The welcome victory of an anti-hospital cuts candidate in West Tyrone goes some way to showing us all that it is possible for common working class interests to draw people together across the sectarian divide.

Marginal left
Marginal left

Unity Coalition

I note with interest the column that argued for the expulsion of your comrade (now ex-comrade, I presume) John Pearson. On the evidence provided it seems an open and shut case.

However, in relation to this affair there has been a claim made on the UK Left Network email list that there had been no organised discussion within the CPGB on the question of the ‘Unity Coalition’ prior to the announcement by Jack Conrad in the previous week’s issue, committing your organisation to the ‘action’ of joining this coalition (Party notes’, November 27).

This lack of discussion has not been disputed by CPGB members and supporters on the UKLN list; instead they have attempted to defend it by saying that leaderships have the responsibility to take such organisational decisions. This is of course a general truth of communist organisation, but this responsibility of leadership is to do with when there is no time to have a full discussion or when there has been prior discussion on the political question the action refers to that makes the political framework for making the decision clear.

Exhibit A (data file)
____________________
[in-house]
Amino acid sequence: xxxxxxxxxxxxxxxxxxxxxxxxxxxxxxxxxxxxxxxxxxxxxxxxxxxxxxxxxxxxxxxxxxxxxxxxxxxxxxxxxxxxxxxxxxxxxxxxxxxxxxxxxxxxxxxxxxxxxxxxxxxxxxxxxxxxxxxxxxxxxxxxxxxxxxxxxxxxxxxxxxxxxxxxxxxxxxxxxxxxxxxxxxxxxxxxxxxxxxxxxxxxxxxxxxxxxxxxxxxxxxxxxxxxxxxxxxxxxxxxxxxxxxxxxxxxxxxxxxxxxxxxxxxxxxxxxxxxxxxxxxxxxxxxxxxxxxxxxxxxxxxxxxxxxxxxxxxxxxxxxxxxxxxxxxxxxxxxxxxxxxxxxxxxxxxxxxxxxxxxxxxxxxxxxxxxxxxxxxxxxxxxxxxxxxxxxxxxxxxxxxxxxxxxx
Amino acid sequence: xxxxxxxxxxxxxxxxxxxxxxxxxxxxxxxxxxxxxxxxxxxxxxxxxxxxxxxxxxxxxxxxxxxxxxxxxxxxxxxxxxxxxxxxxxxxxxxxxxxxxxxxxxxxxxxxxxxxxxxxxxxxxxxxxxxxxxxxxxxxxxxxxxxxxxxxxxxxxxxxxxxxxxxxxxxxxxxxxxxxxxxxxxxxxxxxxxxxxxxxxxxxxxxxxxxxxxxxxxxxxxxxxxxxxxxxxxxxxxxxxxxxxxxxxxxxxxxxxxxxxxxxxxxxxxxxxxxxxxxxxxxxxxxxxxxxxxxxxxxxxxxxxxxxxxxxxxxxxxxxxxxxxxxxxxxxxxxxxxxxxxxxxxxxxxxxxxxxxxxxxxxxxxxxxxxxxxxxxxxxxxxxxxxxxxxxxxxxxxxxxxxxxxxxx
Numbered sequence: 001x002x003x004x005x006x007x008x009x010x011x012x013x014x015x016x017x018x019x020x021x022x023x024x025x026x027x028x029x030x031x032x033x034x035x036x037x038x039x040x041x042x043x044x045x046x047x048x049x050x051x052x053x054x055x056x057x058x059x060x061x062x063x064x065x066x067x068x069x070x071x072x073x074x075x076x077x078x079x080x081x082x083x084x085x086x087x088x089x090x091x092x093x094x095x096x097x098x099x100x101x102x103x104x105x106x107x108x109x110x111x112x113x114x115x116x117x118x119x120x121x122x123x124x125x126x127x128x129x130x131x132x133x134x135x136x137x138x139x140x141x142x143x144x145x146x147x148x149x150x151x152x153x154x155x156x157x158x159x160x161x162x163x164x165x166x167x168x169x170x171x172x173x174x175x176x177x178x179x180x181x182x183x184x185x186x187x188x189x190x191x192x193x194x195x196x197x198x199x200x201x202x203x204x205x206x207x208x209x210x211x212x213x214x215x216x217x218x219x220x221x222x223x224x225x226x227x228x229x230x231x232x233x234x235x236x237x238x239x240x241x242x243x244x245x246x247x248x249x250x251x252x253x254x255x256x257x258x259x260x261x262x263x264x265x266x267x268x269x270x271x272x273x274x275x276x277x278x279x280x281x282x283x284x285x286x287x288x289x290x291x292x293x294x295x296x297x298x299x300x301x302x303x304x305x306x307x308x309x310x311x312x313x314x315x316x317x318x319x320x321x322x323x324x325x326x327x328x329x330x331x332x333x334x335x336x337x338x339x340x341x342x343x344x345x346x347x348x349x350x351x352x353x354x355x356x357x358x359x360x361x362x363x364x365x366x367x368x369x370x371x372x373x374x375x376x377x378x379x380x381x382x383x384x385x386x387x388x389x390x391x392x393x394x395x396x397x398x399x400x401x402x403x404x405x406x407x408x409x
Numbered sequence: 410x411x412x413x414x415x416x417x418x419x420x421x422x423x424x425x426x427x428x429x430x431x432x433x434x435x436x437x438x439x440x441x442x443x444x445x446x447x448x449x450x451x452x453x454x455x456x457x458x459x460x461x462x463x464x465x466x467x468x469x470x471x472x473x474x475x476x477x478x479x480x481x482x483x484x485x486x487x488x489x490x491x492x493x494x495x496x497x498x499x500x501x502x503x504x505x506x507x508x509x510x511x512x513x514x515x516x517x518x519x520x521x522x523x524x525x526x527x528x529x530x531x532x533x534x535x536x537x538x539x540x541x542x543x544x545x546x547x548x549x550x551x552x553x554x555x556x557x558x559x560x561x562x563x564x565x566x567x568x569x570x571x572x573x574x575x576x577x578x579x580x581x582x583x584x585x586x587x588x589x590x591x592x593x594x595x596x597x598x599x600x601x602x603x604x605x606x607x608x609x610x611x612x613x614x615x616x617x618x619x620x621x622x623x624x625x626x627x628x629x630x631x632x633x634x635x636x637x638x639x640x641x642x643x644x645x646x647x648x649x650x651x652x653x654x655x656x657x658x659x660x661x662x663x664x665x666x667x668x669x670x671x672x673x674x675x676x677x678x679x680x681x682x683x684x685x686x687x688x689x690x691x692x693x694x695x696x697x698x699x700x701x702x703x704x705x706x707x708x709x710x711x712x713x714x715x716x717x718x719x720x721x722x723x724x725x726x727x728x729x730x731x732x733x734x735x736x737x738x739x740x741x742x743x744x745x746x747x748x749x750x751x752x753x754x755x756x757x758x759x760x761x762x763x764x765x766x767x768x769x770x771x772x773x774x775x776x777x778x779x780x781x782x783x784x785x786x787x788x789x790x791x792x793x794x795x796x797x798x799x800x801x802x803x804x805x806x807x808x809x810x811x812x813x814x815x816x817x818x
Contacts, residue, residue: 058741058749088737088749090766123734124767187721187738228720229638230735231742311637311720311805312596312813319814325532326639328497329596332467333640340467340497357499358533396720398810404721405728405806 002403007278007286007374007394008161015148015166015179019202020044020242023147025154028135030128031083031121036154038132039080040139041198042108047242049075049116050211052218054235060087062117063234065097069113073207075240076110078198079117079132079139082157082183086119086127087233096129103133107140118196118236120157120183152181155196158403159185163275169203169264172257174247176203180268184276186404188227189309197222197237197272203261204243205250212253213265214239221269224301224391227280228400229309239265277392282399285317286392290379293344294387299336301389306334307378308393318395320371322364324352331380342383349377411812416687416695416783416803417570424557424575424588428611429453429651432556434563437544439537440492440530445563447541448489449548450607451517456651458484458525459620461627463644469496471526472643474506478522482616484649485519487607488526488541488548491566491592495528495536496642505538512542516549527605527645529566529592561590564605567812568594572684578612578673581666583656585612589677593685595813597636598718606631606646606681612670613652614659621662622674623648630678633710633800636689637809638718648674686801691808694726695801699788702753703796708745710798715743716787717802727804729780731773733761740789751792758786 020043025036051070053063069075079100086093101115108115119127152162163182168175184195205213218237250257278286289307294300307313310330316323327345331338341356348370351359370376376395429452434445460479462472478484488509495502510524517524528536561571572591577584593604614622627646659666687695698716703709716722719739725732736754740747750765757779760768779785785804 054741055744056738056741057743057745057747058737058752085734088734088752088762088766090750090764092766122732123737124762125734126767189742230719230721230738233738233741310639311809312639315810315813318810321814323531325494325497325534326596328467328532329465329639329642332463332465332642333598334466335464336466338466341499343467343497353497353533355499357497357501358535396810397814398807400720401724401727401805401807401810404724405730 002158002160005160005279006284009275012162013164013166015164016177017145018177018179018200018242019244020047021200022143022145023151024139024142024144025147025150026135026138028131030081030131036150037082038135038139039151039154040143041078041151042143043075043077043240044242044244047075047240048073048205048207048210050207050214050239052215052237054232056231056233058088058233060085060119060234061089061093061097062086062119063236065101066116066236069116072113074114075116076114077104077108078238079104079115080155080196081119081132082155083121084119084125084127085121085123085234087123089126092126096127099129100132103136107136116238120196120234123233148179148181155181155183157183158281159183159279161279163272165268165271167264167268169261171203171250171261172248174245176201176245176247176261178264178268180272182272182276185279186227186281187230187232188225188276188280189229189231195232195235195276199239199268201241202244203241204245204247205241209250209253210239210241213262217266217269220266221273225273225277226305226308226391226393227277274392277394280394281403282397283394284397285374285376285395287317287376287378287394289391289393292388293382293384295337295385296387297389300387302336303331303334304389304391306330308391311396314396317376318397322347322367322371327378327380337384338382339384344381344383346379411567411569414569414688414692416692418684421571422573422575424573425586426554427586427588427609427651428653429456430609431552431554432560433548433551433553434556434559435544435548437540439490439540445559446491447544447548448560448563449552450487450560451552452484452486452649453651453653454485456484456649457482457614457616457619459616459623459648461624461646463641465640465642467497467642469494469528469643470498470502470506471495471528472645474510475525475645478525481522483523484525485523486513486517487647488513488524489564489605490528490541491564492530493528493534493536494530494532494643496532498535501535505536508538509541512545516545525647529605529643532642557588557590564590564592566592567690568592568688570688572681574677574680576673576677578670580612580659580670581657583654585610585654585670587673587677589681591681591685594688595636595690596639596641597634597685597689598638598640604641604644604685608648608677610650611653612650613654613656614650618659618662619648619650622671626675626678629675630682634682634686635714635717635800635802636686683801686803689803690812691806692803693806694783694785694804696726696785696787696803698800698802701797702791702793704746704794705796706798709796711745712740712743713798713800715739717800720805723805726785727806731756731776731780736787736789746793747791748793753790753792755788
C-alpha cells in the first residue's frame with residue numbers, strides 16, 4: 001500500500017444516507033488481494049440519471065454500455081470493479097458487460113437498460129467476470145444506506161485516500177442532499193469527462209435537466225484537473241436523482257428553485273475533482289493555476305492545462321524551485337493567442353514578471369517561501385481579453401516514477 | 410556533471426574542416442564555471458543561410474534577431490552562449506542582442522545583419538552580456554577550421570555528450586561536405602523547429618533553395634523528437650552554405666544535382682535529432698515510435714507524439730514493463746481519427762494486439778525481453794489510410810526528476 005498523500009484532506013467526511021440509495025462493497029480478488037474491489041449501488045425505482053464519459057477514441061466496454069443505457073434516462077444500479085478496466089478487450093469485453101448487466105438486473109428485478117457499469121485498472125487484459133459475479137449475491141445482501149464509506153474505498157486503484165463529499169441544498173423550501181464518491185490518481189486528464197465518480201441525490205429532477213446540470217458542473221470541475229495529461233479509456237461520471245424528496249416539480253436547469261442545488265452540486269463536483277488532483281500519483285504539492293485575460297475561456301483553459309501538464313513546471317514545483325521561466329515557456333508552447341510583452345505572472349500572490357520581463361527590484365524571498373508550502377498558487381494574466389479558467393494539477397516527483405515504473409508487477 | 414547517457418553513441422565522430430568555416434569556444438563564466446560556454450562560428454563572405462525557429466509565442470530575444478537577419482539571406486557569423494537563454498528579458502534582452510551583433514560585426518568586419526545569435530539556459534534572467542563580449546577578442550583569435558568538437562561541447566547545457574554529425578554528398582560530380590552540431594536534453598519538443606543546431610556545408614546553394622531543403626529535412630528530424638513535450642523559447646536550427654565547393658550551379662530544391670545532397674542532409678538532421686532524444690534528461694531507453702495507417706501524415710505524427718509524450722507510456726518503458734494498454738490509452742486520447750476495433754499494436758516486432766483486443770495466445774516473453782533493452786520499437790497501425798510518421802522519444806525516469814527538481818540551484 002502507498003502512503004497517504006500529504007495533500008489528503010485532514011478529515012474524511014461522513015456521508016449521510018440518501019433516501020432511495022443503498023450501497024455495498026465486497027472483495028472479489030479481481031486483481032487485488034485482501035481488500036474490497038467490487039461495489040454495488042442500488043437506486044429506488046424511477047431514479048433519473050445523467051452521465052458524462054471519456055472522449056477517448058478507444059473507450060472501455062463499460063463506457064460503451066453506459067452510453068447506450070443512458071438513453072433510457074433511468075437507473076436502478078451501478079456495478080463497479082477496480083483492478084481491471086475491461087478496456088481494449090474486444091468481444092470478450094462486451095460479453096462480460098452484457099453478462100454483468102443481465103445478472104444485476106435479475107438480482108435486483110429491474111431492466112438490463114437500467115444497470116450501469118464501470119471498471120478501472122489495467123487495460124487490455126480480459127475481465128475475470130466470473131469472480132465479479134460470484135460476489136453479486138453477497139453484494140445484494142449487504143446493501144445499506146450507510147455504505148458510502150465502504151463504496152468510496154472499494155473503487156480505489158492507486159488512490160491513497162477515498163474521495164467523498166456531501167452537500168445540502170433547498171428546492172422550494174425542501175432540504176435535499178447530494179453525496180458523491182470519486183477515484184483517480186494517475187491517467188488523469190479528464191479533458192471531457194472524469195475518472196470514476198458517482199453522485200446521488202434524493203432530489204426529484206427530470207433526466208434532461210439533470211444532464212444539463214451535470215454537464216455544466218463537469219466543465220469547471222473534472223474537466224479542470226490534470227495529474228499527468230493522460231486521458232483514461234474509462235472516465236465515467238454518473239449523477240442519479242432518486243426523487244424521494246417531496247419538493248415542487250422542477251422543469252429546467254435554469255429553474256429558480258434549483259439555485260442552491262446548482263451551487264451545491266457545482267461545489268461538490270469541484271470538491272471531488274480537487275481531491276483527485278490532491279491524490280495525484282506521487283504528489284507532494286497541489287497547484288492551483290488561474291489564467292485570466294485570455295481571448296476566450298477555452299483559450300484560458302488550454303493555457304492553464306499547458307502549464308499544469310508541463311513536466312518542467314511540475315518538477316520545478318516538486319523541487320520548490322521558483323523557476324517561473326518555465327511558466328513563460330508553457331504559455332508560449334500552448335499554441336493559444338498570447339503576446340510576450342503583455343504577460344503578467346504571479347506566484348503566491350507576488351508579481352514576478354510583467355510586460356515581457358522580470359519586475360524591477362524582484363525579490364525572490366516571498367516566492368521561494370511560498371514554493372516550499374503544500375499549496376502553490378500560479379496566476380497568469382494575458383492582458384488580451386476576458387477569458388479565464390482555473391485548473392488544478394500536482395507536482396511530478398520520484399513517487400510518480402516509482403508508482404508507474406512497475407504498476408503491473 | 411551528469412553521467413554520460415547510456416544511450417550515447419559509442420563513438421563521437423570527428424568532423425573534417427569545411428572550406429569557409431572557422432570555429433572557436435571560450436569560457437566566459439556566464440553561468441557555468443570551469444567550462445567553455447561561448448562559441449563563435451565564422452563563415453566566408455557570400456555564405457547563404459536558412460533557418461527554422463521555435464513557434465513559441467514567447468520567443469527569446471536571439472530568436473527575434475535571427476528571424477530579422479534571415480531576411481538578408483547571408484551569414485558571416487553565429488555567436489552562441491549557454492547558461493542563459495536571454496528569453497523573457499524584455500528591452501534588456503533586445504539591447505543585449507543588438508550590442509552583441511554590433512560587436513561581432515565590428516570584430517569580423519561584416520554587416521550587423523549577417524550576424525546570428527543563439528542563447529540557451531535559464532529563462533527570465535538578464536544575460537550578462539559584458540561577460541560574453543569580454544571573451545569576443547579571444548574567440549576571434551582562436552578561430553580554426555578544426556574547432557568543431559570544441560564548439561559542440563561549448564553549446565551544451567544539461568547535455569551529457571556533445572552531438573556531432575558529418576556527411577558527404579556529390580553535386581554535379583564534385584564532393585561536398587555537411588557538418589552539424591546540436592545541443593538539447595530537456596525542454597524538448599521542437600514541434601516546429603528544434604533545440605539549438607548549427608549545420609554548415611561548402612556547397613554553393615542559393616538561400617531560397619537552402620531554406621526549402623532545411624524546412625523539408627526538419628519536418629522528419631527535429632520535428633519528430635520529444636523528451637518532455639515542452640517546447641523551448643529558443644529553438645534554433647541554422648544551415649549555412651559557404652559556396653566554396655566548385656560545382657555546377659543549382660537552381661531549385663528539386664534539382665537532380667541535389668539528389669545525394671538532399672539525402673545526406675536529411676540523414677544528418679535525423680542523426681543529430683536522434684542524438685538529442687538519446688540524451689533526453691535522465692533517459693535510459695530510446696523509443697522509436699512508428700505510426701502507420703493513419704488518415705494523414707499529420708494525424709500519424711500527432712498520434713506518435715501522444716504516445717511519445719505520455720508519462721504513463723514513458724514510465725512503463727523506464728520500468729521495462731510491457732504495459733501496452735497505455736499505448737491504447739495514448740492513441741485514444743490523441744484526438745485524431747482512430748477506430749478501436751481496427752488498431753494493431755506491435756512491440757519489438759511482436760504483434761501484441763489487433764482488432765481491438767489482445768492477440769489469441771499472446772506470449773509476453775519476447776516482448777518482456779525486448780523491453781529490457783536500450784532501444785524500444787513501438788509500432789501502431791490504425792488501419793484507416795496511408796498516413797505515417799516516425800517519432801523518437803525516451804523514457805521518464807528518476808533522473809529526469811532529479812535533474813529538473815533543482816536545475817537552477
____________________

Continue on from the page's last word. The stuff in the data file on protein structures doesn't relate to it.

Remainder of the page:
This is clearly not the case with the Unity Coalition and Jack Conrad’s diktat would seem an example of the worst kind of anti-democratic bureaucratism that the CPGB proclaims so loudly against. How do you justify this lack of democratic discussion in your own organisation?

Regarding the substantive issue of the Unity Coalition, I read the interview with George Galloway and reports on the ‘Crossroads’ meetings. I agree with your correspondent Ananda Samaddar that “we do not want to be involved in yet another attempt at cross-class popular frontism”.